If you think runaway inflation is brutal, wait until you get hit by the cure.
Last week the Federal Reserve raised the interest rate on money it lends to other banks by .75%, the biggest hike in three decades. Federal Reserve Chairman Jerome Powell said the hike is necessary to rein in skyrocketing inflation.
He’s planning more hikes in the coming months. They’ll lead to increased interest charges on credit cards and higher rates on home-equity loans, car loans and mortgages. It’s a punch in the gut for people who need to borrow.
Get ready for the interest rates on your credit cards to top a budget-busting 20% two monthly statements from now — up from a current average of 14.6%.
If you’re shopping for a home or a car, adjust your expectations downward. Whatever you thought you could afford, you’ll now be able to afford less because monthly payments will include significantly higher interest costs.
The Federal Reserve has no choice but to act. In fact, it waited too long: The Fed’s mission is to maintain price stability and full employment; inflation hit a new, 40-year high last week.
Inflation is partly global, but in the United States it’s significantly worse than in other developed countries, a San Francisco Federal Reserve report found. Excessive government spending has made the nation awash in cash.
During the pandemic, Uncle Sam deposited money into consumers’ bank accounts, and when COVID lockdowns ended, they went out to spend it. That pushed prices upward. Those giveaways are now causing inflationary pain.
Had the Federal Reserve acted sooner, contends former Obama administration official and investment banker Steve Rattner, the rate hikes would not have to be so drastic and the cure so painful. The Fed “was inexplicably slow,” he says.
Harvard economist and former Treasury official Karen Dynan predicts “generalized pain” in the coming months. “The transition is going to be very difficult,” cautions Seth Carpenter, global chief economist at Morgan Stanley, who adds that it takes a long time for inflation to come down.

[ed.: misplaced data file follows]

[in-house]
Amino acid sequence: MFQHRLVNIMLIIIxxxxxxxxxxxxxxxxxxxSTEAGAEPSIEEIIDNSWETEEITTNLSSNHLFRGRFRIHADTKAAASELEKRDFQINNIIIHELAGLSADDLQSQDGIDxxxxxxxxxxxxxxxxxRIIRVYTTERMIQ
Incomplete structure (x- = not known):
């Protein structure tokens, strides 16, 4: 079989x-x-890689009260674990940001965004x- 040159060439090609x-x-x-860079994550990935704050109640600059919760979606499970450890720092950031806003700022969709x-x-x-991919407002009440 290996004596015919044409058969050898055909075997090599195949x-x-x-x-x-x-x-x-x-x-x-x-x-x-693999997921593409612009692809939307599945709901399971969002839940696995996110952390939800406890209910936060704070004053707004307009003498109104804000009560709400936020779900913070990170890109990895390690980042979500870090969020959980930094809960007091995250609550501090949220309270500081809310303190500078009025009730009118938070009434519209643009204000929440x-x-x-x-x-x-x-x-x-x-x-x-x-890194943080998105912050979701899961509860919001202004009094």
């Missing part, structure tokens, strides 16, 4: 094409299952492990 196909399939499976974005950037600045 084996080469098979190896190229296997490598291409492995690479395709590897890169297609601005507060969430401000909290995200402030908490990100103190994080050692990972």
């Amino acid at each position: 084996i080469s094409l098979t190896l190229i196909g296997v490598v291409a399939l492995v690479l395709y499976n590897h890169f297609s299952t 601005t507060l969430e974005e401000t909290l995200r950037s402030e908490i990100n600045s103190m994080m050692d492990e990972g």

That’s the straight story you’re not getting from the Biden administration and its allies. In a Washington Post column, Biden booster Sebastian Mallaby, from the Council on Foreign Relations, applauded the Fed’s hike as “courageous” and praised President Joe Biden for backing Powell.
Truth is, prices are expected to stay high in the coming months. Borrowing to pay those higher prices and keep the family afloat will be prohibitive.
Financial adviser Suze Orman is urging people to pay off their credit-card debt and live within their means. Easier said than done. The average household has to spend $450 more a month for basic necessities like food and energy than last year.
As for mortgage rates, they’re the highest since 2008. The cost of a 30-year fixed-rate mortgage hit 6.28% last week, nearly double what it was at the end of December.
During COVID, the Fed took actions to make mortgages as cheap as possible, but now it’s reversing course. Powell says housing prices “need a bit of a reset.” Look for softer prices but higher borrowing costs.
Borrowers are losers under the Fed’s strategy. But savers are winners. If you have a nest egg, you can shop around and likely get much better interest income on your money.
Job security is another matter. Protesters rallied outside the Federal Reserve building in Washington, DC, last week wearing T- shirts emblazoned with “Full Employment Defenders.” They warned that cooling the economy could jeopardize the jobs of low-level workers. Former Treasury Secretary Larry Summers also says taming inflation is improbable “without a near-term substantial increase in unemployment.” Maybe, but unemployment now is still near historic lows.
The next few months will be tough for many people.
Biden conceded to the Associated Press this weekend that “people are really, really down.” Sorry, Mr. President. Forget the crocodile tears. What we need is for prices to be really, really down.
Betsy McCaughey is a former lieutenant governor of New York.